• Phillip Jacobs

    When I used to play with my chemistry set in third grade I was astonished that two clear liquids could turn green. It was magic to me. Where did this color come from? Now as an adult I love diving into the depth/darkness of my intuition and bringing to light that same magic to the world. Took me a while to figure out that it was natural for me. That spark of color in life. Still have struggles but I’m learning to love the process of sharing with the world. Don’t be afraid of the dark with hope in your heart and you’ll never walk alone. That last sentence is part of a song I like.

  • Tara

    I have noticed this cycle happen with a lot of my friendships through the years, starting when I was in elementary school and continuing now. I couldn’t figure out how my friendships went from being fun and carefree to draining. I have recently realized that I am not good at stating my needs with me friends and have been trying to change that to avoid losing more friends. Since it is so hard to gage my own feelings, I have written in my journal to organize the things that some friends start to do that cross a respectful boundary. One such thing is showing up for an event in a timely manner. One friend had started arriving an hour late for most of the events and was always late for whatever we were doing together. I’m tired of having these things happen in my friendships and really appreciate the advice. I think some of it is just not setting clear boundaries in the beginning of a friendship that would help to eliminate someone taking up all my energy.

  • Avlis

    Thank you a lot for this incredible article!
    Now I understand much better why I struggled so much with using Non-violent-Communication in a special aspect: Doing NVC means switching from expressing own feeling and needs to giving empathy to the other one by finding out about his feelings and needs. I never got problems with the second one – what I see now as very INFJ-like, But the expressing-my-needs-part is impossible for me to do spontaneous in “real time”. Not to tell about switching in between! Now I see why and what I can do about it (taking a break to check in with myself).

    • Joy Malek

      Avlis, yes, this makes so much sense! The empathy-to-others part of NVC must be totally natural and reflexive for you… but we INFJs do need space and time to take the elevator down and discover/be able to express our own feelings and needs. I’m so happy to hear that the article helped with this understanding!

  • Barbara McK

    Thank you, Joy, for your articulate explanation of many of the feelings I have even though I think I am a INTJ. I have empathy, but nurturing doesn’t come easy for me and I have to remind myself that the people I am close to need it from me. My first inclination is to try to help by thinking through a situation and weighing the pros and cons, when all that is actually needed at the moment is listening and nurturing. Thanks for reminding me that I need to remember to take that “elevator down to my inner life” and rejuvenate there more often. If I do that, then the nurturing that I know my friends and family need comes easier to me. Your article made me aware that because nurturing is not my natural inclination, it requires more energy to give it (thus the need to regenerate). And you also brought back into focus that giving and receiving emotional support is an intricate part of any relationship.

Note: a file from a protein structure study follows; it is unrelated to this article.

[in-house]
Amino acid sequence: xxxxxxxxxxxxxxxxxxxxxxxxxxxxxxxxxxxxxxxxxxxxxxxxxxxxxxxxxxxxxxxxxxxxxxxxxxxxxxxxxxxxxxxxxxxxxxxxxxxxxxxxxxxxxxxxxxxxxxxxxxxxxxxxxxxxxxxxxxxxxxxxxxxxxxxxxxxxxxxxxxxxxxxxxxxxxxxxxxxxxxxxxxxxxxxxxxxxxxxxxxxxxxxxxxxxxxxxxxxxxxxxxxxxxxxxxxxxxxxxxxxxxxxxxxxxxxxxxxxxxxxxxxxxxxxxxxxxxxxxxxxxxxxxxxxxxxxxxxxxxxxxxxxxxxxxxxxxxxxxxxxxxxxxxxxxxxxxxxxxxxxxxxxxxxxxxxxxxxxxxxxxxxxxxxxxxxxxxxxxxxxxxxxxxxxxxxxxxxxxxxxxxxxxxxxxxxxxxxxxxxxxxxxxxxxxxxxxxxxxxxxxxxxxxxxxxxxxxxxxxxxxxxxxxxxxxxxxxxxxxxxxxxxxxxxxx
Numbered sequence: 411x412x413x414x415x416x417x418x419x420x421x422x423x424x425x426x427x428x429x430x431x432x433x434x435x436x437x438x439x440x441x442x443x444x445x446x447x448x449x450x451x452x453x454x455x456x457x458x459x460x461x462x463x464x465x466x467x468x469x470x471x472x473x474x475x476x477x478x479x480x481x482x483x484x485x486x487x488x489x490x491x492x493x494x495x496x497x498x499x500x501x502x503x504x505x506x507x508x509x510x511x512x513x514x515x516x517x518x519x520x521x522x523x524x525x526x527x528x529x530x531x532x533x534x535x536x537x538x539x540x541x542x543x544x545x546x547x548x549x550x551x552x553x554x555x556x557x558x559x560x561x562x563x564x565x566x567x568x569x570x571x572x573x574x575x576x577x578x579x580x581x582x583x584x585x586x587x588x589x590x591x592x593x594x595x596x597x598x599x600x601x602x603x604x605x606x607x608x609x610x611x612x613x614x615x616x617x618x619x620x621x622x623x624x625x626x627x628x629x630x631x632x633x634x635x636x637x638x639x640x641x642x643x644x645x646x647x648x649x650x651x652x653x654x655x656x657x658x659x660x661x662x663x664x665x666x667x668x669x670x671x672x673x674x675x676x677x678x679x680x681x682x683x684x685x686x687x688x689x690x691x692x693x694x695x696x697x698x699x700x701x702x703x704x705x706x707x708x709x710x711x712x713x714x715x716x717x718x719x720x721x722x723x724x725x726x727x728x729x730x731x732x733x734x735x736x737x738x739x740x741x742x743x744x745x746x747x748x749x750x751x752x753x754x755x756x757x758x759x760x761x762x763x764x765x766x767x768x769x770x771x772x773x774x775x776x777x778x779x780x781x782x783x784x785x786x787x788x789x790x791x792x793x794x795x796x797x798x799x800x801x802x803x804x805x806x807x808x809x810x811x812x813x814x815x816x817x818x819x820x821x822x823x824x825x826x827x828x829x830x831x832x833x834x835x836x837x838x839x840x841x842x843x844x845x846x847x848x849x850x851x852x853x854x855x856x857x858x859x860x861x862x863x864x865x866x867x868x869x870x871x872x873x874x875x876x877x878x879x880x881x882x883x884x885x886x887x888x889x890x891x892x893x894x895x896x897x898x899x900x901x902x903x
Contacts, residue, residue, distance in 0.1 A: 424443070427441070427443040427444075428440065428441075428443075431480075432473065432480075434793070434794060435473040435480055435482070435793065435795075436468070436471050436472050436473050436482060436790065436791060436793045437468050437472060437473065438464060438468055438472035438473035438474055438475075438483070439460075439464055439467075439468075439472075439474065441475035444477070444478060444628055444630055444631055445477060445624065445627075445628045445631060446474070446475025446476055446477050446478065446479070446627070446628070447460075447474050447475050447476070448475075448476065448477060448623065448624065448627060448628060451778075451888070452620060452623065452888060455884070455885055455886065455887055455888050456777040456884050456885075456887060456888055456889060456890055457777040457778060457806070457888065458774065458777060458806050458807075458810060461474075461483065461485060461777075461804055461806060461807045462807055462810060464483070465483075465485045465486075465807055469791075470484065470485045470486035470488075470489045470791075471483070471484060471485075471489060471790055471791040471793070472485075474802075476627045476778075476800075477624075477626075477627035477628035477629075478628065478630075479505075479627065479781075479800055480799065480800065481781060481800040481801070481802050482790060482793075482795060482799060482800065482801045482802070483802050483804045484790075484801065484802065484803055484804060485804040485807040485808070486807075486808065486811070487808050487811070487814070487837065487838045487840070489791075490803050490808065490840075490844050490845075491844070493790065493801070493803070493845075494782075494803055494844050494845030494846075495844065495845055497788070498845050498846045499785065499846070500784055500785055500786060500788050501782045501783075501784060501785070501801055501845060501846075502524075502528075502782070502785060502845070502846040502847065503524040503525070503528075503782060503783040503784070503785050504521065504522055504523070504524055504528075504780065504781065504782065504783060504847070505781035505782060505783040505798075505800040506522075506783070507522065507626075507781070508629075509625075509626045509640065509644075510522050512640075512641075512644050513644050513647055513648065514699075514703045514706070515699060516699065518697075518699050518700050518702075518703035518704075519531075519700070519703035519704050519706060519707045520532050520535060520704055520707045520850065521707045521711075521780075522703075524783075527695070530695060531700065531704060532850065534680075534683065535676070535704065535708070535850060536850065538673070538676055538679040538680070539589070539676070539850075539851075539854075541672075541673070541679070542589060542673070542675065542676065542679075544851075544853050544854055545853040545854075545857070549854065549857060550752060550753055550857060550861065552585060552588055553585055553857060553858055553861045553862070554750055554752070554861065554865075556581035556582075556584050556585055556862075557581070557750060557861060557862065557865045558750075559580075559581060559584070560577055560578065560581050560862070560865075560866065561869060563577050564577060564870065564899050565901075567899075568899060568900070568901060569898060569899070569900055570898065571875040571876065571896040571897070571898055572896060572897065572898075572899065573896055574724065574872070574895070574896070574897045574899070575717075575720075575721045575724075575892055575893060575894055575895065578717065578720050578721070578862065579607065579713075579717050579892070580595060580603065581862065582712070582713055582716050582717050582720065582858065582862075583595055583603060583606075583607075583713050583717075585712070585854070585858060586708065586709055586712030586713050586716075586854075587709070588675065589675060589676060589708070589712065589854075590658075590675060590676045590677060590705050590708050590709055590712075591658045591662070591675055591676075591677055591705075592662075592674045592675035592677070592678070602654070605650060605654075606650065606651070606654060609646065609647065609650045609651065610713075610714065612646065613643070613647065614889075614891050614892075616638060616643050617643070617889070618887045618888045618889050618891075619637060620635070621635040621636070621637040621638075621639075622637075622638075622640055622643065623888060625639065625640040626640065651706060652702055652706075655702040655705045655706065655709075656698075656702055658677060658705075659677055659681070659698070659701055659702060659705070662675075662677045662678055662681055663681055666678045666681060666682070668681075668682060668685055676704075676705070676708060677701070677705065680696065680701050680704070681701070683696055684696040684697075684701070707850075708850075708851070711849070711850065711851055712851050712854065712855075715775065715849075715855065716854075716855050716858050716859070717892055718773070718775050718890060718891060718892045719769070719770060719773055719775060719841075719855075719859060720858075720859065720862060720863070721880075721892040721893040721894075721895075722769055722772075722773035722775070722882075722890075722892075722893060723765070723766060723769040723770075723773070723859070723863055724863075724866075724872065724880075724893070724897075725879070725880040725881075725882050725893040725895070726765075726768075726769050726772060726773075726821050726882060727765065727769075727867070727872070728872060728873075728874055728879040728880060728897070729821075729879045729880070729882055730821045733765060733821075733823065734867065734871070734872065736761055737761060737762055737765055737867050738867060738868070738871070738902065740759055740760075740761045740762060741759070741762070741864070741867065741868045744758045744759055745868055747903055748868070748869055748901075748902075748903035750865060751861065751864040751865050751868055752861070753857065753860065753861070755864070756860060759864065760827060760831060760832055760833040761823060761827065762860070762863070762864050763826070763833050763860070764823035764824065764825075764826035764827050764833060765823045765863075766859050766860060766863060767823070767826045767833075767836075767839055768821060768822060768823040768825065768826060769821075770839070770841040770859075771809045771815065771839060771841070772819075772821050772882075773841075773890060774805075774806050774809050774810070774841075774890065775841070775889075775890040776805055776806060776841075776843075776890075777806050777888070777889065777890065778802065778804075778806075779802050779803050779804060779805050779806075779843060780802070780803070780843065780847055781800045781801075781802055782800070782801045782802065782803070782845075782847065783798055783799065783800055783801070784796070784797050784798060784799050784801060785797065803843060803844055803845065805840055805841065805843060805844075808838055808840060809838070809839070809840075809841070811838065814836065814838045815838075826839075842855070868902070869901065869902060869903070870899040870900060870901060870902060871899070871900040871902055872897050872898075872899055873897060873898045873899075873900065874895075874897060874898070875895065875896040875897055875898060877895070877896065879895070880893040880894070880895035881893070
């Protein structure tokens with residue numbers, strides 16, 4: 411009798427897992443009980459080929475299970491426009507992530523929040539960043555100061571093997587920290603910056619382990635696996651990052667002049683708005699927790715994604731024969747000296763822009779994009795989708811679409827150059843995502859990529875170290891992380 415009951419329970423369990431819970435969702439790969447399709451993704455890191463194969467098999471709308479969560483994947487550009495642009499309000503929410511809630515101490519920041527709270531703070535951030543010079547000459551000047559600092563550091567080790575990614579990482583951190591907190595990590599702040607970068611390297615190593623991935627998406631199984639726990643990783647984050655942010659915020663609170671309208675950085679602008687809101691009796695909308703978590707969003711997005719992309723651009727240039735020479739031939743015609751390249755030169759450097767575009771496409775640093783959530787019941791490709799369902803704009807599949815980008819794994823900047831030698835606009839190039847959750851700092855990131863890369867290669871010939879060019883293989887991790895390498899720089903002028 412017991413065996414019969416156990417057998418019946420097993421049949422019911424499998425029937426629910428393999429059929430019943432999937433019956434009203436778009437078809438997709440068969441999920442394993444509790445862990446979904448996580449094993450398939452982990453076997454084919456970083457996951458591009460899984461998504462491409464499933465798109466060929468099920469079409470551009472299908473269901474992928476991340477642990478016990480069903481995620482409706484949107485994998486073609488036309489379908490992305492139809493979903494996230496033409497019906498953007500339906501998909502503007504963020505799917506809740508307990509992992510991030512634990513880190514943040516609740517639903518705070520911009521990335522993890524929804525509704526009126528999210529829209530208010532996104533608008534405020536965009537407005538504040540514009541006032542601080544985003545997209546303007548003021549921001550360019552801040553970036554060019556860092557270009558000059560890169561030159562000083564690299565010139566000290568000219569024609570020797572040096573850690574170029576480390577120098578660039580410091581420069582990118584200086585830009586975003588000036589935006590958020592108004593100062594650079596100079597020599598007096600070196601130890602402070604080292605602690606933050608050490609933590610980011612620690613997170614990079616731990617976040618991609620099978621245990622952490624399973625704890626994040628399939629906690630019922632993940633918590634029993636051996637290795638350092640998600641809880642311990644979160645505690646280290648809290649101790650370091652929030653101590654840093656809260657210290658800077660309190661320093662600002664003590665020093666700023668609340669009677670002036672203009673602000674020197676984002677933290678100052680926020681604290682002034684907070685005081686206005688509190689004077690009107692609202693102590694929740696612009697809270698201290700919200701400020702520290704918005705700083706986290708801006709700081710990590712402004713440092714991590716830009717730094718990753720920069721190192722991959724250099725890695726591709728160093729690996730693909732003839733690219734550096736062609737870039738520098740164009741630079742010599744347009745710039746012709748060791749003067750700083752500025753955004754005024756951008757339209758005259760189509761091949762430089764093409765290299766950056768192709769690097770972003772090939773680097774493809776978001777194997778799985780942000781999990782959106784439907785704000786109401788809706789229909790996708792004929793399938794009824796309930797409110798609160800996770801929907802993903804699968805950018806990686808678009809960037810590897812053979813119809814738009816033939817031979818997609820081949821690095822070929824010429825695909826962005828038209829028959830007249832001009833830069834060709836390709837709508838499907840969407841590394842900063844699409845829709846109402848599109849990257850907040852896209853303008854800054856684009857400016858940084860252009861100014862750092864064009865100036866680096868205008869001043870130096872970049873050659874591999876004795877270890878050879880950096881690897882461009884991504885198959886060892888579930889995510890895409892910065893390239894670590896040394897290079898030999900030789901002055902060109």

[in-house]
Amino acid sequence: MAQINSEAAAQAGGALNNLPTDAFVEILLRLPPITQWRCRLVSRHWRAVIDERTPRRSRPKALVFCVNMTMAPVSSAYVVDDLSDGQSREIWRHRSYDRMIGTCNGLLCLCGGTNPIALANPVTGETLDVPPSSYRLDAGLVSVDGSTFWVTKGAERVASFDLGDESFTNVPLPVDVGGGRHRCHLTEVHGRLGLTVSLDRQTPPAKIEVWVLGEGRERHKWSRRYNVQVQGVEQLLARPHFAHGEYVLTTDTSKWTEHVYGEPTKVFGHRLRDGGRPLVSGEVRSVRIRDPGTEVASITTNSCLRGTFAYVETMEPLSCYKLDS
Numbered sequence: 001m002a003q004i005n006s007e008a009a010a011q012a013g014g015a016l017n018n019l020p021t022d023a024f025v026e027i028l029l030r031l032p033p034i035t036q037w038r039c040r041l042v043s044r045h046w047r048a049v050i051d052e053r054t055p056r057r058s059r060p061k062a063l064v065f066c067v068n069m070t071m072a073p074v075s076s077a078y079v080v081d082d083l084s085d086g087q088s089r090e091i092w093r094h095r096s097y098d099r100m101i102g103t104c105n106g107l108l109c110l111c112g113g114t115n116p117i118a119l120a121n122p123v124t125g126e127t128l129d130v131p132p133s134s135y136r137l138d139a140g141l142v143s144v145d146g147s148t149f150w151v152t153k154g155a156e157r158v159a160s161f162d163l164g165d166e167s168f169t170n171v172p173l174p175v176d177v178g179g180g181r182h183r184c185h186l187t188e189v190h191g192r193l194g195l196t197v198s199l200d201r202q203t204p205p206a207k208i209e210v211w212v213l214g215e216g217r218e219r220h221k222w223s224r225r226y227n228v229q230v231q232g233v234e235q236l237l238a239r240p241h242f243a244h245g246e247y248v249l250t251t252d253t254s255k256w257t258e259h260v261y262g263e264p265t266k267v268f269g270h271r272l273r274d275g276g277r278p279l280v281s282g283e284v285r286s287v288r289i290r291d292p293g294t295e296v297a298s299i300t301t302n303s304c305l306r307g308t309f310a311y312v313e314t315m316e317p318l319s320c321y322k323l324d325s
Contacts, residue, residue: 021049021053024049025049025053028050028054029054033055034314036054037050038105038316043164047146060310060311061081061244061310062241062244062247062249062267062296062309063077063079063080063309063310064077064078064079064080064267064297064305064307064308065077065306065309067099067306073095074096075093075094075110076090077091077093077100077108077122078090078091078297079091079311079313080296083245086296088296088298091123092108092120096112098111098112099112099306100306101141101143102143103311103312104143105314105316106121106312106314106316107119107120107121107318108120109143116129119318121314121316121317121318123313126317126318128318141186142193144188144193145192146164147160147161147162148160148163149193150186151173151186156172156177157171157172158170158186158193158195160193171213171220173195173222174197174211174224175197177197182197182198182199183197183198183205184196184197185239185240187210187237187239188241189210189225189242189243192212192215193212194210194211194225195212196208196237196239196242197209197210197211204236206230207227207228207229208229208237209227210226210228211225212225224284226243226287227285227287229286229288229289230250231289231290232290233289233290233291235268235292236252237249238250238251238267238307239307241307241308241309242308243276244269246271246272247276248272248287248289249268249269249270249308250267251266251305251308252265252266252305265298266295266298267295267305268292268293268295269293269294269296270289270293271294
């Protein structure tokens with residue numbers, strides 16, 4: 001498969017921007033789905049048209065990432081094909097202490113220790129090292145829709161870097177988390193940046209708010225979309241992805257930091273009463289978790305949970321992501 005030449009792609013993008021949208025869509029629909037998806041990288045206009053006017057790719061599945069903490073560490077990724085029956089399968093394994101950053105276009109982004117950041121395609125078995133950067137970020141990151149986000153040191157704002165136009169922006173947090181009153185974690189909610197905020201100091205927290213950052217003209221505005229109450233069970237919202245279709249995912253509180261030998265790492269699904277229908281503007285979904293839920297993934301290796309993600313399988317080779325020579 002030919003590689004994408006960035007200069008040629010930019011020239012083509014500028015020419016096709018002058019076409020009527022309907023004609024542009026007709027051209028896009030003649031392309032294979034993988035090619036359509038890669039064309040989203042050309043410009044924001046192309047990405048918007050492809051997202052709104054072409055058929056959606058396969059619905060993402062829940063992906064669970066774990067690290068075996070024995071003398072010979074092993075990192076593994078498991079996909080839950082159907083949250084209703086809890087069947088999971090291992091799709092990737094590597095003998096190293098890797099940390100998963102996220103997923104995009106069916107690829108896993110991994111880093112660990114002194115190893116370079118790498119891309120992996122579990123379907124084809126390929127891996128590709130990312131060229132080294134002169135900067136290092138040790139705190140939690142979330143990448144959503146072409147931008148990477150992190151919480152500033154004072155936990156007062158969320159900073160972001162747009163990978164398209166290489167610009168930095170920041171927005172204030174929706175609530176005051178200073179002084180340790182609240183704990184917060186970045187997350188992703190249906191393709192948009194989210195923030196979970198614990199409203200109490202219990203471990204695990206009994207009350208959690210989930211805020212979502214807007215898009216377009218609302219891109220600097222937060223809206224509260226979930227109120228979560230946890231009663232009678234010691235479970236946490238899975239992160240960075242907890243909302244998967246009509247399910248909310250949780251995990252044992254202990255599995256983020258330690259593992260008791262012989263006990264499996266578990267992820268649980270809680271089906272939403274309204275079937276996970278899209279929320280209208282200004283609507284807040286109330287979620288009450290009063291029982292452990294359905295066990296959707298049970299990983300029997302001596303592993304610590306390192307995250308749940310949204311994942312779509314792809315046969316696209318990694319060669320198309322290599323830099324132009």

• Joy Malek

      Barbara, I love this– thank you again for taking the time to read the article, even though you aren’t an INFJ! Your comment helps me better understand the INTJ typeology. INFJs and INTJs share the same dominant function, Introverted Intuition, or “Perspectives”– so it makes sense that taking the elevator down via your intuition is what rejuvinates you, too! Your secondary (or “copilot”) function is Extraverted Thinking, or “Effectiveness”– in contrast to mine, “Harmony.” So no wonder your instinct is to help people by thinking through a situation objectively, striving for an effective solution. And, it’s so illustrative of your compassion and empathy that you are thinking through how to be more nurturing toward the people you care about!

  • Patricia

    I have come to start avoiding social interactions completely because of exactly the pattern described in this article. It so well describes the frustration I feel at myself for this pattern of engage/withdraw.
    I have truly understood that this issue is mine and not those that I begin to resent and avoid for fear of feeling used and overwhelmed. I have realized that I’m expecting them to perform in accordance with a contract with one signatory – MINE! It’s me who decided that my efforts will be reciprocated. It’s me who decided that if I’m willing to give, give, give, they will be too.
    What I haven’t understood is how to fix it – how to change myself.
    This article gives some concrete, tactics for doing just that. Thank you!

    • Joy Malek

      Patricia, I’m so glad that the article is helping you to create a path to change! Thank you so much for sharing. That contract with a signatory of one is be so painful– taking the elevator down to clarify our own feelings, and expressing them calmly, is often the invitation that’s needed to discover who wants to add their signature.